Republican Sen. Susan Collins Says She Does Not Believe Roy Moore's Denials

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The Director of the Office of Management and Budget Mick Mulvaney on Sunday defended President Trump's silence on the sexual misconduct accusations against Alabama Senate candidate Roy Moore, while a national conversation has bubbled up over the prevalence of sexual harassment in politics.

Moore is running against Democrat Doug Jones in the special election on December 12. A second GOP lawmaker suggested there was "a strong possibility" that a write-in candidate - "a proven conservative" - could win, though no name was mentioned and Moore has rejected the idea of quitting. Roy Moore has been in public service for decades, and the accusations did not arise until a month before the election.

Ivey says she has no reason to disbelieve women who have come forward to make allegations of wrongdoing by Moore.

"I think that's probably the most common sense way to look at it. I don't know who to believe", Mulvaney replied.

On "Meet The Press", Comstock said she believes the women who have levied accusations against Moore, and she claimed she was the first female member of Congress to call on Moore to step aside.

Moore still enjoys the support of conservative evangelical leaders, but he has ignored mounting calls from Washington Republicans concerned that if he stays in the race he may not only lose a seat they were sure to win but also may do significant damage to the party's brand among women nationwide as they prepare for a hard midterm election season. He has run multiple times.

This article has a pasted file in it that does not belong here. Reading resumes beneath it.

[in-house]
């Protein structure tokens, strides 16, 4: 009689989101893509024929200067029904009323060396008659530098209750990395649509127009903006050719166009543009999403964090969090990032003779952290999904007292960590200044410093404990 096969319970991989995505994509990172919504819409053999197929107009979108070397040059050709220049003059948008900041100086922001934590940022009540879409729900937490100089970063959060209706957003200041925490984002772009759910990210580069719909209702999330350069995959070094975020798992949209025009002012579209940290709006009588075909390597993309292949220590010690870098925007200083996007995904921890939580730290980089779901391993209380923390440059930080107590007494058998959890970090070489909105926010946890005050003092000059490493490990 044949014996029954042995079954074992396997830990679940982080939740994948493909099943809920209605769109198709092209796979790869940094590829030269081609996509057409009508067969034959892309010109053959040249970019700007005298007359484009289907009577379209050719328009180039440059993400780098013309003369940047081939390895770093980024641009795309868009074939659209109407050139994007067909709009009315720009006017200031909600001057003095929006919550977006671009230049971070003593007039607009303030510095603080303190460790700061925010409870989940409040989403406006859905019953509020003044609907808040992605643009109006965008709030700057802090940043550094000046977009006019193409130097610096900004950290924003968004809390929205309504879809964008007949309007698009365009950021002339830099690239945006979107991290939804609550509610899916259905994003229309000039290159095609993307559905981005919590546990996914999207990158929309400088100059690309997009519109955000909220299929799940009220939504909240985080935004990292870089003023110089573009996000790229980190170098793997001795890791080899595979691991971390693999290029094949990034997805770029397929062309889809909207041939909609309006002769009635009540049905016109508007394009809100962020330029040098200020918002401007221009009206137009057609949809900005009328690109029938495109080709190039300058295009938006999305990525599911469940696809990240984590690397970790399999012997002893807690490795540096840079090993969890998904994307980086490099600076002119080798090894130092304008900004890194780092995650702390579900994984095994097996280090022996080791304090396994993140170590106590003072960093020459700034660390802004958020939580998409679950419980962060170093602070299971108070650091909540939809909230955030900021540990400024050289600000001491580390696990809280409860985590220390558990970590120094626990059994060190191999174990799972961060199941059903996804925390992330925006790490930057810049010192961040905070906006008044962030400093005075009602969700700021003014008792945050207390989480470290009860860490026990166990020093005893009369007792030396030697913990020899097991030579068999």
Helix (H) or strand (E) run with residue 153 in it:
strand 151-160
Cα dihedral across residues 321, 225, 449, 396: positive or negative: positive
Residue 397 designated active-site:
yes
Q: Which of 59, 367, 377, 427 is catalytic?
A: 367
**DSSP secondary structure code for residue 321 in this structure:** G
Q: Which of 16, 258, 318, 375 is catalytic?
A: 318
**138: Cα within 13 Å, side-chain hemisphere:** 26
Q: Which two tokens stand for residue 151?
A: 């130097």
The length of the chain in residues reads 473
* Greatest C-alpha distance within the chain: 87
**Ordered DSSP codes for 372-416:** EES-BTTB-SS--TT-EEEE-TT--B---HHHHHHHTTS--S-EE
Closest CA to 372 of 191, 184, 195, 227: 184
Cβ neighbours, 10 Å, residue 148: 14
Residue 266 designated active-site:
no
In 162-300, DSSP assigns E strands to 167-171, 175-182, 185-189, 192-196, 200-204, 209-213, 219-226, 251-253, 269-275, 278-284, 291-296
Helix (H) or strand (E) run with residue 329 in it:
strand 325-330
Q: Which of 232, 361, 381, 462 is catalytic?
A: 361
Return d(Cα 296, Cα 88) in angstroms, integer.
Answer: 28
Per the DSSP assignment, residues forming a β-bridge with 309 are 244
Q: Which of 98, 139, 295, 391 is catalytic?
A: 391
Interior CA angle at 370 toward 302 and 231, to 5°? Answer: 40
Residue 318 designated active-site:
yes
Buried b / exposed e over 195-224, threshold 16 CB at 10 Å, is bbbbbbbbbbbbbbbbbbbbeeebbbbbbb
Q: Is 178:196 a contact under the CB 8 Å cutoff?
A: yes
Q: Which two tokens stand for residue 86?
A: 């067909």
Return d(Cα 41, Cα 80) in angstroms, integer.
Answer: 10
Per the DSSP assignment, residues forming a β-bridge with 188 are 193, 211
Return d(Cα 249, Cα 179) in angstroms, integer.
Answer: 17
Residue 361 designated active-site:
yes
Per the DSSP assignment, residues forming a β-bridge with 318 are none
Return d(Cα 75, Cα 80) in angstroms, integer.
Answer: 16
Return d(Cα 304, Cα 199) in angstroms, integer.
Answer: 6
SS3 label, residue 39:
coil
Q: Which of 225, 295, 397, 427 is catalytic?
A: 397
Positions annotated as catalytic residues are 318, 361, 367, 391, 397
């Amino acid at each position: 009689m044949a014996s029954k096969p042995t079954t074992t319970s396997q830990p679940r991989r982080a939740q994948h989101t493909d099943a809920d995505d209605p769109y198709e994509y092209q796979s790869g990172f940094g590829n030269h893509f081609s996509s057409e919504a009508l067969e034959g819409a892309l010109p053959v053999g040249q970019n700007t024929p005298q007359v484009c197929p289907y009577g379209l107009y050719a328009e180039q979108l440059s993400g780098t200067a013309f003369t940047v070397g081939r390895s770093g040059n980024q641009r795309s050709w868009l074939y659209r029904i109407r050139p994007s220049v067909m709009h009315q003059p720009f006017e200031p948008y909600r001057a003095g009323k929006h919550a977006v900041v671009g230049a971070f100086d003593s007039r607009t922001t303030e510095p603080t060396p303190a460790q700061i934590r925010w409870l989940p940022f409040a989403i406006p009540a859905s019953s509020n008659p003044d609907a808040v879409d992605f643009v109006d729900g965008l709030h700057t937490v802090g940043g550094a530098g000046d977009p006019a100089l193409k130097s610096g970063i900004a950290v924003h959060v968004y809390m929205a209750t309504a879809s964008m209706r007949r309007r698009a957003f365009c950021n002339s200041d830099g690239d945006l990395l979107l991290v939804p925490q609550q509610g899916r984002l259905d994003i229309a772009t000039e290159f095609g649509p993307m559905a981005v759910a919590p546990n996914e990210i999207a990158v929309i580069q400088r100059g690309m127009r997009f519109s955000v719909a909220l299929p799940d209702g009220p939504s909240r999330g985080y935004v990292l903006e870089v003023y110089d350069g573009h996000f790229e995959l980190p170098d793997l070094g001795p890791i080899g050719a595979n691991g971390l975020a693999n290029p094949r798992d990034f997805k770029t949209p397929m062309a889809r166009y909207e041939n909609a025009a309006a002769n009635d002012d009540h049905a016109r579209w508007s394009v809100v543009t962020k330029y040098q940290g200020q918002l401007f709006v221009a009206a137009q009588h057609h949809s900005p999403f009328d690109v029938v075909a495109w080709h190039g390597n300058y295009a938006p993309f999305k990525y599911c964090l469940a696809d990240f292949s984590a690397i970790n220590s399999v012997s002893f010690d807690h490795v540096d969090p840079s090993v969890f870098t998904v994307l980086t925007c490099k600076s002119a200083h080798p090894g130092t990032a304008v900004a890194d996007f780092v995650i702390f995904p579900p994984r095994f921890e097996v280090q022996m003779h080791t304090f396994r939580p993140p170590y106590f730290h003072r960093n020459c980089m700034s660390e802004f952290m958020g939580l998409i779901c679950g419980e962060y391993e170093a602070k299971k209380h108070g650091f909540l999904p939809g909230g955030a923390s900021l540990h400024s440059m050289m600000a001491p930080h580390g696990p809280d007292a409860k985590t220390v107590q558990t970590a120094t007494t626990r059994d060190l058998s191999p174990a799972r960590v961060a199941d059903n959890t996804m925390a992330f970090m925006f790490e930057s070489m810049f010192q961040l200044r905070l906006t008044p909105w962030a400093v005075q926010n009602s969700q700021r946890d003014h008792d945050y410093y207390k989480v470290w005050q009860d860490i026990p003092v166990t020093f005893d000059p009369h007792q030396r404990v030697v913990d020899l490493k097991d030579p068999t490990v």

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Moore has been dogged by allegations that he sexually assaulted two women decades ago when they were teenagers. Luther Strange in the election, but endorsed Moore after he won the primary.

After Moore's victory, Trump made clear he would back the anti-establishment candidate enthusiastically promoted by former White House chief strategist Stephen K. Bannon. Five others said Moore pursued romantic relationships with them when they were between the ages of 16 and 18.

Kayla Moore spoke out in defense of her husband on Friday.

"I hope that the voters of Alabama choose not to elect him", said Sen.

Sen. Susan Collins (R-ME) (left) and Sen. "And I hope that he does not end up being in the United States Senate".

GOP Senate candidate Roy Moore's wife is standing by her embattled man, and she has gathered other Alabama women to his cause - but not everyone is sticking with him. The Alabama Republican Party has also thrown its support behind Moore. Such an ethics complaint could lead to a Senate vote on expelling him.